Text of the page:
Introducing Stunts Your Mac Can Handle with Ease
Your Mac has myriad programs, functions, and capabilities. The following sections describe some of them.
Understanding the remote
Roughly the size of a Bic disposable lighter or an iPod Shuffle, the simple iPod-white Apple remote, which the company has started including with recent Mac models, has minimal buttons: Play/pause, Volume up/down, Fast-forward, Rewind, and Menu. Its main purpose is to control the friendly icons and menus that make up the new Front Row interface that lets you listen to music and view photos, DVDs, and videos from across the room. But the multitalented Apple remote can also help you listen to an iPod, provided it has a Universal Dock connector.
Doing the math
The Grapher bundled with Tiger and accessed through the Utilities folder (under Applications) lets you graph two- and three-dimensional mathematical equations. Moreover, the program's animations are pretty darn cool. If you're curious about what the Conchoid, Lorentz's Attractor, and other 2D and 3D formulas and equations look like, click the names in the Grapher Examples menu.
Way back when you first set up your computer, you selected the language you wanted to use. But circumstances change. You suddenly have the opportunity to run your company's Rome office, and now you must immerse yourself in Italian.
To change your computer's preferred language, choose System Preferences from the Mac menu and select International. Click the Language tab. Drag the language you want to use for application menus, dialog boxes, and so on to the top of the language list.
Next, click the Formats tab under International to choose the region you live in; to customize dates, time, and native currency; and to decide whether to go metric or use the U.S. system of measurement.
Working with zipped files
Files you download off the Internet are often compressed, or zipped. Zipped files take up less space and arrive much faster than files that haven't been squeezed.
Compressed files are easily identified by their extensions, such as .zip (a common standard used in OS X and Windows) and .sit. Such files must be unzipped before you can read them. Prior to Tiger, Apple included a program for this purpose called StuffIt Expander from Allume Systems. But Tiger lets you decompress .zip files sans StuffIt. StuffIt still comes in handy, though, for opening other types of compressed files, notably the .sit or .sitx compressed types.
FTP, or File Transfer Protocol, sites are typically set up by companies or individuals to make it easy to exchange sizable files over the Internet, typically but not exclusively video or picture files. The Mac has a built-in FTP server for giving other folks access to your machine.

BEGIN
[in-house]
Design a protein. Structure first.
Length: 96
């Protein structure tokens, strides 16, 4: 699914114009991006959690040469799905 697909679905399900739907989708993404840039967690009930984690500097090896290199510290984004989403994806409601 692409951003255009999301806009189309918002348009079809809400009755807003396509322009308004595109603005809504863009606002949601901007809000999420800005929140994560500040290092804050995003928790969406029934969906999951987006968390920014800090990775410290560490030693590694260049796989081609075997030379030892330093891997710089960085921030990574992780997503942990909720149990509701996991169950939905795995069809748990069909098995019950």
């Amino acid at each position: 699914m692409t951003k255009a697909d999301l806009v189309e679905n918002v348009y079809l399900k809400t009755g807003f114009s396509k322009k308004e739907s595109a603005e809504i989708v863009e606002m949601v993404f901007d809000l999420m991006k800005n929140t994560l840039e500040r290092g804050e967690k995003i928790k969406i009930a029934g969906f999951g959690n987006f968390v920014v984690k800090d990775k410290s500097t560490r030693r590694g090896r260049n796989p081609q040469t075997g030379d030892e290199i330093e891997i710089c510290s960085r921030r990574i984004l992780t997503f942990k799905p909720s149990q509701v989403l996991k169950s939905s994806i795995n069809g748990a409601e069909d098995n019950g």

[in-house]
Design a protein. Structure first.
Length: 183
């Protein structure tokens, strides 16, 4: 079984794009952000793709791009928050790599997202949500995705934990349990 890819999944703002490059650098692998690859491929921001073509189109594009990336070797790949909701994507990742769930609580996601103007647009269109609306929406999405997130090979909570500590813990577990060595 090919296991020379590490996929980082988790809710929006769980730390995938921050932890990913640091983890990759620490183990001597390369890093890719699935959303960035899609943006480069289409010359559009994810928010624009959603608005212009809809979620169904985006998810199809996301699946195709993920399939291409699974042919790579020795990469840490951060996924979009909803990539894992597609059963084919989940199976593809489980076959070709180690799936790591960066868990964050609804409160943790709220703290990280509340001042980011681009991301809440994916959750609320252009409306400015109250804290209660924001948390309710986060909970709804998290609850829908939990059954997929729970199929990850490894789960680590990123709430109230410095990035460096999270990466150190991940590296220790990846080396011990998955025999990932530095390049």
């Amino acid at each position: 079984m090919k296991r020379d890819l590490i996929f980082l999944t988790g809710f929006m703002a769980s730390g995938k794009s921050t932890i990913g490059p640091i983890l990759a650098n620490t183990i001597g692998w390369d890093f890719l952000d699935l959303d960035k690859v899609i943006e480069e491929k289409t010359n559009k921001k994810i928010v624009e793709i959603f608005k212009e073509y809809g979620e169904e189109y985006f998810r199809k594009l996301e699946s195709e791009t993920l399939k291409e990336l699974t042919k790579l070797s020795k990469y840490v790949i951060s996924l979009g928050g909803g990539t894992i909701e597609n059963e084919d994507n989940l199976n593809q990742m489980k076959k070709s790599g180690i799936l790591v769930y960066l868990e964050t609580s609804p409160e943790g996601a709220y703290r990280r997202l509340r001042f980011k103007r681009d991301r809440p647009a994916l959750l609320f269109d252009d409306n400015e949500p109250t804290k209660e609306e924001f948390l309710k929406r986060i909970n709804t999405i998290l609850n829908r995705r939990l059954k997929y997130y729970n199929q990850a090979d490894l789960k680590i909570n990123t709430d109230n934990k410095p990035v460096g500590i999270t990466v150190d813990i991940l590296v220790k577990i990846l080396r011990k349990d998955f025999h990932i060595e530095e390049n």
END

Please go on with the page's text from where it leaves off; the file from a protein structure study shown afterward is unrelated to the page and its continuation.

To grant such access, choose Mac menu --> System Preferences and click Sharing. Make sure that the Services tab is highlighted. In the Service window, select FTP Access. People on other computers can now share and copy files to and from your machine.
Capturing the screen
Unless you're planning on writing a book, you're probably wondering why you would ever want to take a picture of your computer screen. Maybe you want to take a picture for a presentation at work.
Regardless of your motivation, to grab a picture of the Mac screen (or any of its windows), it may be time to open the Grab utility. Choose Applications --> Utilities and click Grab. Through Grab's Capture menu, you can take a picture of a full screen, window, or menu.
For all its multimedia glitz, none of the Mac models come with a built-in television tuner. It's one of the few areas in which machines based on Microsoft's Media Center software claim bragging rights. Not only do such Media Center machines let you watch TV directly from your computer screen, but they also function much like TiVo digital video recorders or DVRs.
Just because Apple hasn't gotten around to putting a TV tuner in the Mac, the same cannot be said of third-party companies. For example, Miglia's TVMini HD is a compact HDTV tuner that plugs into a USB port. It lets you watch over-the-air digital TV and HDTV, and record high-definition programming to your hard drive. And yes, like TiVo, you can pause and rewind live TV. Go to Miglia.com for more information or visit the online Apple store.
Your Mac can play a rather mean game of chess. The Mac's Chess program, found in the Applications folder, lets you compete against the computer or a human partner.
What's more, by accessing Preferences under the Chess menu, you can change the board style and pieces from a wooden board to grass, marble, or metal. You can also drag a slider inside Chess Preferences to make the computer play faster or stronger.
Are you the bossy type who likes to bark out orders? If so, you'll love the fact that the Mac can respond to your spoken commands, everything from "Quit this application" to "Switch to Finder." And for people physically unable to type or handle a mouse, speech recognition may be their only avenue to getting things done on a computer.
Open System Preferences, again under the Mac menu, and choose Speech. Make sure that the Speech Recognition pane is selected. Now, click to turn on the Speakable Items button.
To check out a list of the commands your computer can understand, click the little triangle at the bottom of the feedback window and then click Open Speech Commands window.